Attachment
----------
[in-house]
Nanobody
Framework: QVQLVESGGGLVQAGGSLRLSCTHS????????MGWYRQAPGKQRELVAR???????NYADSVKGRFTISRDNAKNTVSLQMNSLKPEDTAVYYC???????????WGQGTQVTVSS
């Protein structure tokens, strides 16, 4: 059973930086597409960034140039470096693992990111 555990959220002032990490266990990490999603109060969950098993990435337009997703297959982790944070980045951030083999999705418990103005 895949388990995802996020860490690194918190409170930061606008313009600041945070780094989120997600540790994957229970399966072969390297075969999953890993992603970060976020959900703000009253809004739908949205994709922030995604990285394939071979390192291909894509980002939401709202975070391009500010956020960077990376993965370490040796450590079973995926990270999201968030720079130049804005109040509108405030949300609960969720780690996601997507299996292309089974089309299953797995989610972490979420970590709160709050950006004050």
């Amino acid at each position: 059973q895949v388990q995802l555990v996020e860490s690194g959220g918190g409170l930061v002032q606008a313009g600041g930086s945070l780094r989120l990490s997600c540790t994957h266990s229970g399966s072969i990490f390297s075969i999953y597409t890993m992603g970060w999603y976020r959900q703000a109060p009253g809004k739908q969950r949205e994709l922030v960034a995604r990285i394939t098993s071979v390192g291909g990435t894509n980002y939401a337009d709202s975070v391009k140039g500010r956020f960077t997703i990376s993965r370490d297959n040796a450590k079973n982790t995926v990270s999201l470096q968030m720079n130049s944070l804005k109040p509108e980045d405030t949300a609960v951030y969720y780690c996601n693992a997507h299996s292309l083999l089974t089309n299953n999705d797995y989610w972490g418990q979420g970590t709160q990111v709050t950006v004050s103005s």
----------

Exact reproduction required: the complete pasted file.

[in-house]
Nanobody
Framework: QVQLVESGGGLVQAGGSLRLSCTHS????????MGWYRQAPGKQRELVAR???????NYADSVKGRFTISRDNAKNTVSLQMNSLKPEDTAVYYC???????????WGQGTQVTVSS
């Protein structure tokens, strides 16, 4: 059973930086597409960034140039470096693992990111 555990959220002032990490266990990490999603109060969950098993990435337009997703297959982790944070980045951030083999999705418990103005 895949388990995802996020860490690194918190409170930061606008313009600041945070780094989120997600540790994957229970399966072969390297075969999953890993992603970060976020959900703000009253809004739908949205994709922030995604990285394939071979390192291909894509980002939401709202975070391009500010956020960077990376993965370490040796450590079973995926990270999201968030720079130049804005109040509108405030949300609960969720780690996601997507299996292309089974089309299953797995989610972490979420970590709160709050950006004050």
């Amino acid at each position: 059973q895949v388990q995802l555990v996020e860490s690194g959220g918190g409170l930061v002032q606008a313009g600041g930086s945070l780094r989120l990490s997600c540790t994957h266990s229970g399966s072969i990490f390297s075969i999953y597409t890993m992603g970060w999603y976020r959900q703000a109060p009253g809004k739908q969950r949205e994709l922030v960034a995604r990285i394939t098993s071979v390192g291909g990435t894509n980002y939401a337009d709202s975070v391009k140039g500010r956020f960077t997703i990376s993965r370490d297959n040796a450590k079973n982790t995926v990270s999201l470096q968030m720079n130049s944070l804005k109040p509108e980045d405030t949300a609960v951030y969720y780690c996601n693992a997507h299996s292309l083999l089974t089309n299953n999705d797995y989610w972490g418990q979420g970590t709160q990111v709050t950006v004050s103005s």